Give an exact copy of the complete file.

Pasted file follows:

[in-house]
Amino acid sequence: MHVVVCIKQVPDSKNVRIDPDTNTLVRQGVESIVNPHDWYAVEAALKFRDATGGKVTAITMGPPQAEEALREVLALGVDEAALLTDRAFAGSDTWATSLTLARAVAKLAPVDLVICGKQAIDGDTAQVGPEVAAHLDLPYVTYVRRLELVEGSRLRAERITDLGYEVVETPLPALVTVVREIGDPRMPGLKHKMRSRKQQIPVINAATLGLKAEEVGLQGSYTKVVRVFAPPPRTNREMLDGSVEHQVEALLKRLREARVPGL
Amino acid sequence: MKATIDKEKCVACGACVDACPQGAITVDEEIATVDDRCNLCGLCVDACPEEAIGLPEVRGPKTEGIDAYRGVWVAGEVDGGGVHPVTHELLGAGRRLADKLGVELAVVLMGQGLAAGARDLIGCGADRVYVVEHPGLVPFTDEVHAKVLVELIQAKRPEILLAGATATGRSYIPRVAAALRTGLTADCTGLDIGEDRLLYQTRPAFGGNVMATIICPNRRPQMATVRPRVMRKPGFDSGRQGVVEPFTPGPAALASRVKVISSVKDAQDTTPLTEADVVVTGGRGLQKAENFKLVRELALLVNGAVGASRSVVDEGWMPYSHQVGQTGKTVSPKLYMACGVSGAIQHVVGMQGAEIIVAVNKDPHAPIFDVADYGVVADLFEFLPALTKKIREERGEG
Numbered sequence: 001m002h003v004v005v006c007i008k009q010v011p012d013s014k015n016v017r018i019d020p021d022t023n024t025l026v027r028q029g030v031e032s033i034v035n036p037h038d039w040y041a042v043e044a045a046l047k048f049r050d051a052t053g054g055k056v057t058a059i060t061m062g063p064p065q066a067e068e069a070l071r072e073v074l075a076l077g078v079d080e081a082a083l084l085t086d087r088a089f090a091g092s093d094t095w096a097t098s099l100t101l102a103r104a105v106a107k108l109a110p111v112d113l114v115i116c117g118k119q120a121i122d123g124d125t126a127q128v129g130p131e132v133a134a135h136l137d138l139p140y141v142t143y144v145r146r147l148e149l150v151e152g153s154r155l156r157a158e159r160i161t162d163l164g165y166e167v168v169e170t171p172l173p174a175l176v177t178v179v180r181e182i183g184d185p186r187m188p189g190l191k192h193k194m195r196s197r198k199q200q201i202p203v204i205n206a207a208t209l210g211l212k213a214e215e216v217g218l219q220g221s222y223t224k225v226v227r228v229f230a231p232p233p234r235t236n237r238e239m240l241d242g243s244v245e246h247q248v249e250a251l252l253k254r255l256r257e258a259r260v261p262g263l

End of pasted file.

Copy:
[in-house]
Amino acid sequence: MHVVVCIKQVPDSKNVRIDPDTNTLVRQGVESIVNPHDWYAVEAALKFRDATGGKVTAITMGPPQAEEALREVLALGVDEAALLTDRAFAGSDTWATSLTLARAVAKLAPVDLVICGKQAIDGDTAQVGPEVAAHLDLPYVTYVRRLELVEGSRLRAERITDLGYEVVETPLPALVTVVREIGDPRMPGLKHKMRSRKQQIPVINAATLGLKAEEVGLQGSYTKVVRVFAPPPRTNREMLDGSVEHQVEALLKRLREARVPGL
Amino acid sequence: MKATIDKEKCVACGACVDACPQGAITVDEEIATVDDRCNLCGLCVDACPEEAIGLPEVRGPKTEGIDAYRGVWVAGEVDGGGVHPVTHELLGAGRRLADKLGVELAVVLMGQGLAAGARDLIGCGADRVYVVEHPGLVPFTDEVHAKVLVELIQAKRPEILLAGATATGRSYIPRVAAALRTGLTADCTGLDIGEDRLLYQTRPAFGGNVMATIICPNRRPQMATVRPRVMRKPGFDSGRQGVVEPFTPGPAALASRVKVISSVKDAQDTTPLTEADVVVTGGRGLQKAENFKLVRELALLVNGAVGASRSVVDEGWMPYSHQVGQTGKTVSPKLYMACGVSGAIQHVVGMQGAEIIVAVNKDPHAPIFDVADYGVVADLFEFLPALTKKIREERGEG
Numbered sequence: 001m002h003v004v005v006c007i008k009q010v011p012d013s014k015n016v017r018i019d020p021d022t023n024t025l026v027r028q029g030v031e032s033i034v035n036p037h038d039w040y041a042v043e044a045a046l047k048f049r050d051a052t053g054g055k056v057t058a059i060t061m062g063p064p065q066a067e068e069a070l071r072e073v074l075a076l077g078v079d080e081a082a083l084l085t086d087r088a089f090a091g092s093d094t095w096a097t098s099l100t101l102a103r104a105v106a107k108l109a110p111v112d113l114v115i116c117g118k119q120a121i122d123g124d125t126a127q128v129g130p131e132v133a134a135h136l137d138l139p140y141v142t143y144v145r146r147l148e149l150v151e152g153s154r155l156r157a158e159r160i161t162d163l164g165y166e167v168v169e170t171p172l173p174a175l176v177t178v179v180r181e182i183g184d185p186r187m188p189g190l191k192h193k194m195r196s197r198k199q200q201i202p203v204i205n206a207a208t209l210g211l212k213a214e215e216v217g218l219q220g221s222y223t224k225v226v227r228v229f230a231p232p233p234r235t236n237r238e239m240l241d242g243s244v245e246h247q248v249e250a251l252l253k254r255l256r257e258a259r260v261p262g263l